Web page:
When talking about cosy games, it’s easy to consider the environment which surrounds their creation as similarly wholesome. One of the fundamental indicators of a cosy game is that they tend to be more inclusive in terms of representing gender, sexual identity, race, and disability. As White points out, however, creators of such games don’t escape some of the less positive discourse which often surrounds the video game industry as a whole. “Our game Calico is made by a two-person team: a man, Andrew, and a woman, Kells. Kells is unapologetically hyper-cis feminine. So, she likes to make extremely feminine games… and we were absolutely dragged on Twitter for caring to advance a narrative that was for someone [in particular].”

“It’s why I try and stay off Twitter,” says Kennedy, when White asks whether she saw any of that negativity. “The discourse can be running around in circles and shouting into a void. It’s so interesting to me because, as a woman of colour, I would take anything that isn’t just what we had before. I don’t care if it doesn’t fit my exact experiences, I’m happy to have it. I understand wanting a bit more of a defined experience, but I think asking for that when it wasn’t the developer’s goal to begin with is kind of weird… Who are you to tell them, ‘No, this should be your goal instead’?”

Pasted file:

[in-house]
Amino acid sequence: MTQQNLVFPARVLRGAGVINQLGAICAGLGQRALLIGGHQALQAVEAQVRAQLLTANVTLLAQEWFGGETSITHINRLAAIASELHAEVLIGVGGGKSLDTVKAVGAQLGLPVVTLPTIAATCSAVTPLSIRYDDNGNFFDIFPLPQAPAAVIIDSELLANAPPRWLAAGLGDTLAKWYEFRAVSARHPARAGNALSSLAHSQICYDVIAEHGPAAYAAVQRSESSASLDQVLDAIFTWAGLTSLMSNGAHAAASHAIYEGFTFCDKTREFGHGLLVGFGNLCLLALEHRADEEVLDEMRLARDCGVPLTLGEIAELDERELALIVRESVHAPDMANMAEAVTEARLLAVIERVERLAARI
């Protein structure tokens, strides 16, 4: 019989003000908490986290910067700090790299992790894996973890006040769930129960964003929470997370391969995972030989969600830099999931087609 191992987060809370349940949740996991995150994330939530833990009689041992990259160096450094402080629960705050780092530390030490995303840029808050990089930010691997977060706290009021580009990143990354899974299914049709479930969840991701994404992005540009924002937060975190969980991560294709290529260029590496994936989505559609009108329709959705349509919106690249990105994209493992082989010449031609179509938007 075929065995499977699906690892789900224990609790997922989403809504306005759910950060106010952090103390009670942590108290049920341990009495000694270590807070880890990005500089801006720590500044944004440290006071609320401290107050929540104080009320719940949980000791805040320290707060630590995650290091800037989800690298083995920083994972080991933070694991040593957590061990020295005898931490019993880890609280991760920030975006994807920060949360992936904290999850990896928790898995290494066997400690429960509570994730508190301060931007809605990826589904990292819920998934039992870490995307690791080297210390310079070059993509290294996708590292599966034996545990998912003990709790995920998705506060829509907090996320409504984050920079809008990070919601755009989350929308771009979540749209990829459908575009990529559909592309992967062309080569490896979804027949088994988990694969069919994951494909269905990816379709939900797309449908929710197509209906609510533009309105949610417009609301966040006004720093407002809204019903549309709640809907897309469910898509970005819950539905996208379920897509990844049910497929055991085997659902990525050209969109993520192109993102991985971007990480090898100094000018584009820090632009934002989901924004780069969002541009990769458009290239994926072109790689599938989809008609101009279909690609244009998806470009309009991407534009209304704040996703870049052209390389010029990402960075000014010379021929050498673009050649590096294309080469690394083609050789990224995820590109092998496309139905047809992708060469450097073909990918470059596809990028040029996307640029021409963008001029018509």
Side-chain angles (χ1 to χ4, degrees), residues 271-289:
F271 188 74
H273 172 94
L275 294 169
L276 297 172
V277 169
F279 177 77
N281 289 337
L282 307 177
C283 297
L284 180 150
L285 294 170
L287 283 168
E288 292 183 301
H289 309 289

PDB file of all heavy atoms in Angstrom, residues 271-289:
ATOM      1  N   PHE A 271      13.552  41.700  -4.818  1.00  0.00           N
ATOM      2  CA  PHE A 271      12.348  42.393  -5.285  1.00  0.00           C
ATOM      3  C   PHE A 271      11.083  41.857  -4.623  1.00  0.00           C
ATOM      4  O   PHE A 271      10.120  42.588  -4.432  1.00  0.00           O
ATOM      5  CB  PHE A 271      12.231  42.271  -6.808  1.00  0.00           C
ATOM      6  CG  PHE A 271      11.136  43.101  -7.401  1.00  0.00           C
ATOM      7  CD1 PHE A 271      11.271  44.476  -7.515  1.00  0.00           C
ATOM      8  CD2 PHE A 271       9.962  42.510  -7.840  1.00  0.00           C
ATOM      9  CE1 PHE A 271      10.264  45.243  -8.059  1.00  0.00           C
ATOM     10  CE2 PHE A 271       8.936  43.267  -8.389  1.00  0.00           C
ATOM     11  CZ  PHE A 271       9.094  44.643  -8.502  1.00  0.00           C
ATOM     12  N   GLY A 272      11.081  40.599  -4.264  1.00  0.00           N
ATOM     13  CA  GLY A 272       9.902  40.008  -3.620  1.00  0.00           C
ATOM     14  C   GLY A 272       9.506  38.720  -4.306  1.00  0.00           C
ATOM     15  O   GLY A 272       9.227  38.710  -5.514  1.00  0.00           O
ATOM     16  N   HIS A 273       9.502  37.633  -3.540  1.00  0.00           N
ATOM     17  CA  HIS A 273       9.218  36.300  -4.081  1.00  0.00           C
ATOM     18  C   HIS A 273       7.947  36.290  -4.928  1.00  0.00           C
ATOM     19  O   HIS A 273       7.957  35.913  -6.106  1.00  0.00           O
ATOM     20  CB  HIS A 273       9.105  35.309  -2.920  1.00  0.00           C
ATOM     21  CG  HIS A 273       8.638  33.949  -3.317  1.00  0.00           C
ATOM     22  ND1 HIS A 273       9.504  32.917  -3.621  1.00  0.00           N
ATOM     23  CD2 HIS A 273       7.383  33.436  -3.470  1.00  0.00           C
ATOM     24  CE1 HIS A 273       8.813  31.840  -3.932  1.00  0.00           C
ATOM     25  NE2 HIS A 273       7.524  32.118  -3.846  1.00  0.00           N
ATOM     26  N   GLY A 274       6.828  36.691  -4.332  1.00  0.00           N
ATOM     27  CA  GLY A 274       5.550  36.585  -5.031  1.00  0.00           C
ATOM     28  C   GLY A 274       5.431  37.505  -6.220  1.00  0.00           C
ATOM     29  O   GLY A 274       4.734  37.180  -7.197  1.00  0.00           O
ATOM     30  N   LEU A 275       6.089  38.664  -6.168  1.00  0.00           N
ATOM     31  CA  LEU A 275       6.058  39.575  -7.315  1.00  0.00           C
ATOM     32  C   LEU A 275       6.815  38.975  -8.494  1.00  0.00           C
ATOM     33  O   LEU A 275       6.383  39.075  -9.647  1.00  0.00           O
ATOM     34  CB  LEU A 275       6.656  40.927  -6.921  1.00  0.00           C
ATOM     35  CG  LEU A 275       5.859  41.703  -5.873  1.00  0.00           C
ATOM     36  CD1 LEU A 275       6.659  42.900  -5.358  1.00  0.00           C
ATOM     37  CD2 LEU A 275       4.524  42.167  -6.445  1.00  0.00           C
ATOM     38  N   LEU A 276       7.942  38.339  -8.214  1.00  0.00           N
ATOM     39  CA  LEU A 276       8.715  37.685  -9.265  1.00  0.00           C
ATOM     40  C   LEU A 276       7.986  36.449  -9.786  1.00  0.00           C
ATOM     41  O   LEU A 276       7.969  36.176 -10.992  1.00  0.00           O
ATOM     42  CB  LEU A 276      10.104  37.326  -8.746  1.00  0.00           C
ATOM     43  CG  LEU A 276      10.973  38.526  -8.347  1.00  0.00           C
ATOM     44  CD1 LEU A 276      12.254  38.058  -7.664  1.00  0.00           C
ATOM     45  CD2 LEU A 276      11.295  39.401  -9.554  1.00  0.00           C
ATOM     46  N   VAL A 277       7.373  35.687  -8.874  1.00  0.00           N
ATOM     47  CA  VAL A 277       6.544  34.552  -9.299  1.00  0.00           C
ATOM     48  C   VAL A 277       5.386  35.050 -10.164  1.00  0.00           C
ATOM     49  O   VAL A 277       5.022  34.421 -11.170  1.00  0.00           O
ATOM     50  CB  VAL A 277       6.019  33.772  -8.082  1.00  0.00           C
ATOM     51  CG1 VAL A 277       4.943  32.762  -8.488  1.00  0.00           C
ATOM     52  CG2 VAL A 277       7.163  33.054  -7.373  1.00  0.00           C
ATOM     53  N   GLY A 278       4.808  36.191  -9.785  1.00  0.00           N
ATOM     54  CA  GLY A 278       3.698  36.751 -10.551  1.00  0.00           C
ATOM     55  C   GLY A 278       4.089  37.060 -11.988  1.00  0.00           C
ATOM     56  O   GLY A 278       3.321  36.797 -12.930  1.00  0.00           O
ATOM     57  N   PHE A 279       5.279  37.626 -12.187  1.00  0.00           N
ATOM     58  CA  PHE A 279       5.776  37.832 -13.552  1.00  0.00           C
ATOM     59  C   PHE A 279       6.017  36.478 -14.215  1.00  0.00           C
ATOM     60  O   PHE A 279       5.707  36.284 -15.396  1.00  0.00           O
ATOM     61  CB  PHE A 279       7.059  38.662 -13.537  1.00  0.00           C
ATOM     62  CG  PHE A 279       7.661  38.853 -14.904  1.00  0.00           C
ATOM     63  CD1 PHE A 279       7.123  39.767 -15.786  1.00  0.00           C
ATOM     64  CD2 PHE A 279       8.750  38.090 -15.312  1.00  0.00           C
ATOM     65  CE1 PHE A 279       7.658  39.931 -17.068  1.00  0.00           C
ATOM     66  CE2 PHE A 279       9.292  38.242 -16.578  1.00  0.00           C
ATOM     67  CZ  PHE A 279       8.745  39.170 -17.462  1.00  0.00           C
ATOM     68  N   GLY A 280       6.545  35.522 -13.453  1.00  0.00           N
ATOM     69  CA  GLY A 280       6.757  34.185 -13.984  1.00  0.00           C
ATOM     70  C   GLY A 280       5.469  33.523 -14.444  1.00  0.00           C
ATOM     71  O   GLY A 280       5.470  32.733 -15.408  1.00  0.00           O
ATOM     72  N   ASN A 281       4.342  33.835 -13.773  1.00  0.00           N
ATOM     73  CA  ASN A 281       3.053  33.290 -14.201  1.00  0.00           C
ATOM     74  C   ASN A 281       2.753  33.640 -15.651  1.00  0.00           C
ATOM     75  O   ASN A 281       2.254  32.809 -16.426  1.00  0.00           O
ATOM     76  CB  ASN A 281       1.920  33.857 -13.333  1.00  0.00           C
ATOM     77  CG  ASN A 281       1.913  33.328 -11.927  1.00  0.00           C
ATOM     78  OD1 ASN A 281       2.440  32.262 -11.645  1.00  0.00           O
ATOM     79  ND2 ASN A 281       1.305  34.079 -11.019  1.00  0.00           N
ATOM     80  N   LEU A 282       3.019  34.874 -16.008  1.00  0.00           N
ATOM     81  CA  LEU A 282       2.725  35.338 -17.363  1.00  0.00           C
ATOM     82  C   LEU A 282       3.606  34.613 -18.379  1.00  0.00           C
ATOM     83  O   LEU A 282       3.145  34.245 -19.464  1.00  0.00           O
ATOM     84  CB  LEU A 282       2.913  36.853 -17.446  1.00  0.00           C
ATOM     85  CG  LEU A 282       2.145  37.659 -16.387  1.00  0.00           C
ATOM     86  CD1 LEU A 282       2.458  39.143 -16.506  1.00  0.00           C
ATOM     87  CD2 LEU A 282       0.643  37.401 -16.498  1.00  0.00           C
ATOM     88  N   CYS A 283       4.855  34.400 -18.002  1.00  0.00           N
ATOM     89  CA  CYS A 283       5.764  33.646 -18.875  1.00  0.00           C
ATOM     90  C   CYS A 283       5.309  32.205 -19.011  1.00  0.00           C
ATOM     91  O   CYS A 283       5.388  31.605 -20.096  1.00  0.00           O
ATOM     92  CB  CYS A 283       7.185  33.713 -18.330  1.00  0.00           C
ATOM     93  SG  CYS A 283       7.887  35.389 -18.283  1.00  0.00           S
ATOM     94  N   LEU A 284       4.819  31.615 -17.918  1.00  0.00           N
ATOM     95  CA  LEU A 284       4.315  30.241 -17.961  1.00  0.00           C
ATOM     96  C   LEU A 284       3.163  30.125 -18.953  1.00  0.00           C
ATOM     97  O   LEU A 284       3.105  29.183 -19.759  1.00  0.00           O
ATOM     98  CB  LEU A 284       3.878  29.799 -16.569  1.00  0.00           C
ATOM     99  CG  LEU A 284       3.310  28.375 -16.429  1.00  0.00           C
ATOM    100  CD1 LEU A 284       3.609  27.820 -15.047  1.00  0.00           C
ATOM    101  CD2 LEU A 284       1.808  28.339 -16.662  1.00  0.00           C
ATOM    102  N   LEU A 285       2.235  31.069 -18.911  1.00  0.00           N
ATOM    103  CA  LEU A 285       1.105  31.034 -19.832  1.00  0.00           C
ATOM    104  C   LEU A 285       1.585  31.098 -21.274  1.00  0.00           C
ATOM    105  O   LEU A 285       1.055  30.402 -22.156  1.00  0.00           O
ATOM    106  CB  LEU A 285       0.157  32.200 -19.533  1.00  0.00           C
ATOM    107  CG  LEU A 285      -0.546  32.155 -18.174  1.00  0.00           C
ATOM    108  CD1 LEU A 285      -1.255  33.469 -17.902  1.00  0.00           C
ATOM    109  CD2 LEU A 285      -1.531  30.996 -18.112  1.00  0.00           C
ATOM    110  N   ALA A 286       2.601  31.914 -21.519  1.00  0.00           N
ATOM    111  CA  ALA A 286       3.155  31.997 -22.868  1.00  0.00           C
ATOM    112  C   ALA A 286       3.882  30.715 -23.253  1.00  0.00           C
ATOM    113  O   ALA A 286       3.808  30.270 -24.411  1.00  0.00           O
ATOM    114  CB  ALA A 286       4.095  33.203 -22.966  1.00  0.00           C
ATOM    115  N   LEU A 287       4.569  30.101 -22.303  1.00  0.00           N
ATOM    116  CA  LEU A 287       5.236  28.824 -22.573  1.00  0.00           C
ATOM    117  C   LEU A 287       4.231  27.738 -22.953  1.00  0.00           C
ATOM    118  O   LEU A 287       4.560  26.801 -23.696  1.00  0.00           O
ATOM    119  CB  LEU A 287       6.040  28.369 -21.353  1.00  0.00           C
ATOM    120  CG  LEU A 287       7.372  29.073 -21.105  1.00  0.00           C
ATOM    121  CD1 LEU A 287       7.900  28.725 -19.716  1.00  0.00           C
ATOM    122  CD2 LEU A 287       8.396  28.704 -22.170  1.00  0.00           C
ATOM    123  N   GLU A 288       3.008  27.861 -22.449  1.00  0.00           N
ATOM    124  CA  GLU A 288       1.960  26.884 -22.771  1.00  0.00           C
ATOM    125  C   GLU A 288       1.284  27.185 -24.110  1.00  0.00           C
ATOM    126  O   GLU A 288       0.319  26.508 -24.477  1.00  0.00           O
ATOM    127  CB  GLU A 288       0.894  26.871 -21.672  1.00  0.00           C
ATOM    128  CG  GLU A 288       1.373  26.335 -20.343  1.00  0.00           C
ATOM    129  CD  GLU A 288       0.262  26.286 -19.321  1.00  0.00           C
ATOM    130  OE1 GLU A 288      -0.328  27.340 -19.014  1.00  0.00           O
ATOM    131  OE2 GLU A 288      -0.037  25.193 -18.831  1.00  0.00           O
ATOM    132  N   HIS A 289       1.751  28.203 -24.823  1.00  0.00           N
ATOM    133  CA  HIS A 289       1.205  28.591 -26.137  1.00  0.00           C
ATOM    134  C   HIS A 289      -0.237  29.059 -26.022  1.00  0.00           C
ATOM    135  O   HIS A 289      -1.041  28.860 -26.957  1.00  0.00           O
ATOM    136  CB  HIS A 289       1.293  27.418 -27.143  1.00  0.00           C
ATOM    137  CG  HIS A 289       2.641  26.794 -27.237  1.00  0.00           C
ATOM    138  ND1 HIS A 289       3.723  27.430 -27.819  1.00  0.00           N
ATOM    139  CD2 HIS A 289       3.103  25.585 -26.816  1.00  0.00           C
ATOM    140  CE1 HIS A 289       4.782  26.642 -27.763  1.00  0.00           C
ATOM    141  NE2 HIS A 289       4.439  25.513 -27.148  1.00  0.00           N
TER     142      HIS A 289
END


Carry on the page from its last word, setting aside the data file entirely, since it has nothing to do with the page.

Concept art, showcasing a nature-inspired colour story, natural materials, and fauna for The Garden Path.

“You also get these comments like we’re greedy and chasing a trend to get money,” White continues. “That’s a really common narrative you see in Twitter feeds and Steam forums. ‘Oh, another one of these cosy games. I guess the indie dev needed to make a quick buck’. And I think a lot of that is fundamentally not understanding how long and difficult it is to make video games.”